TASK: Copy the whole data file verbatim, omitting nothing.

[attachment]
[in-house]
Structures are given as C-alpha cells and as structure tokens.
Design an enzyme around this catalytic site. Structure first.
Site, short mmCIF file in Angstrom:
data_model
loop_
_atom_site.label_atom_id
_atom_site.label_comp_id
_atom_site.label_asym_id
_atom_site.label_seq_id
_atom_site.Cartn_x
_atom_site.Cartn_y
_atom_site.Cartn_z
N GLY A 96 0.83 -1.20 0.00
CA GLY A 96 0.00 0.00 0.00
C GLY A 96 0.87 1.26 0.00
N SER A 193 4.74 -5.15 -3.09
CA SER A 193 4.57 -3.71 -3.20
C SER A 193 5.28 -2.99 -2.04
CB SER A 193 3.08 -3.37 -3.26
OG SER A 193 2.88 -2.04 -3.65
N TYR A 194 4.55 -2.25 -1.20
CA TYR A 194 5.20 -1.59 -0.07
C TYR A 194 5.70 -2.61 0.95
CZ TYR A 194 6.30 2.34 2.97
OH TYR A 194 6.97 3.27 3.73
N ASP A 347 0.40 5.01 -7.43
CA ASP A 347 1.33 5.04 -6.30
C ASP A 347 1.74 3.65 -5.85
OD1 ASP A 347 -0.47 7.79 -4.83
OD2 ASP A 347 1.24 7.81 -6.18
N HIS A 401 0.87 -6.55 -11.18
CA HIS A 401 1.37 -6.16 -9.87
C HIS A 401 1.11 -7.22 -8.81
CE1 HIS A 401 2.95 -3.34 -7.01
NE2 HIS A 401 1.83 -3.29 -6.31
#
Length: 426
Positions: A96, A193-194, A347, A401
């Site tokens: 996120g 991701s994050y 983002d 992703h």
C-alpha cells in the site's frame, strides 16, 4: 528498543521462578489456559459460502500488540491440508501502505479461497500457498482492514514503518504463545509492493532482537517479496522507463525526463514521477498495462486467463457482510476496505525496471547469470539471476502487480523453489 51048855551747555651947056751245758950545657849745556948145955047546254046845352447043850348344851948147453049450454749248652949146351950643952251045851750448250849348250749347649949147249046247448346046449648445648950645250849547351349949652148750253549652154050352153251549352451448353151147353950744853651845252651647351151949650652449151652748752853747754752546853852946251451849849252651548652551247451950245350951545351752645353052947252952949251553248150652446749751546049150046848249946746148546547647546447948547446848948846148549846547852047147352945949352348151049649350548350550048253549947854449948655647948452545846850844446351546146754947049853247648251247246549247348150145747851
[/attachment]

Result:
[in-house]
Structures are given as C-alpha cells and as structure tokens.
Design an enzyme around this catalytic site. Structure first.
Site, short mmCIF file in Angstrom:
data_model
loop_
_atom_site.label_atom_id
_atom_site.label_comp_id
_atom_site.label_asym_id
_atom_site.label_seq_id
_atom_site.Cartn_x
_atom_site.Cartn_y
_atom_site.Cartn_z
N GLY A 96 0.83 -1.20 0.00
CA GLY A 96 0.00 0.00 0.00
C GLY A 96 0.87 1.26 0.00
N SER A 193 4.74 -5.15 -3.09
CA SER A 193 4.57 -3.71 -3.20
C SER A 193 5.28 -2.99 -2.04
CB SER A 193 3.08 -3.37 -3.26
OG SER A 193 2.88 -2.04 -3.65
N TYR A 194 4.55 -2.25 -1.20
CA TYR A 194 5.20 -1.59 -0.07
C TYR A 194 5.70 -2.61 0.95
CZ TYR A 194 6.30 2.34 2.97
OH TYR A 194 6.97 3.27 3.73
N ASP A 347 0.40 5.01 -7.43
CA ASP A 347 1.33 5.04 -6.30
C ASP A 347 1.74 3.65 -5.85
OD1 ASP A 347 -0.47 7.79 -4.83
OD2 ASP A 347 1.24 7.81 -6.18
N HIS A 401 0.87 -6.55 -11.18
CA HIS A 401 1.37 -6.16 -9.87
C HIS A 401 1.11 -7.22 -8.81
CE1 HIS A 401 2.95 -3.34 -7.01
NE2 HIS A 401 1.83 -3.29 -6.31
#
Length: 426
Positions: A96, A193-194, A347, A401
């Site tokens: 996120g 991701s994050y 983002d 992703h």
C-alpha cells in the site's frame, strides 16, 4: 528498543521462578489456559459460502500488540491440508501502505479461497500457498482492514514503518504463545509492493532482537517479496522507463525526463514521477498495462486467463457482510476496505525496471547469470539471476502487480523453489 51048855551747555651947056751245758950545657849745556948145955047546254046845352447043850348344851948147453049450454749248652949146351950643952251045851750448250849348250749347649949147249046247448346046449648445648950645250849547351349949652148750253549652154050352153251549352451448353151147353950744853651845252651647351151949650652449151652748752853747754752546853852946251451849849252651548652551247451950245350951545351752645353052947252952949251553248150652446749751546049150046848249946746148546547647546447948547446848948846148549846547852047147352945949352348151049649350548350550048253549947854449948655647948452545846850844446351546146754947049853247648251247246549247348150145747851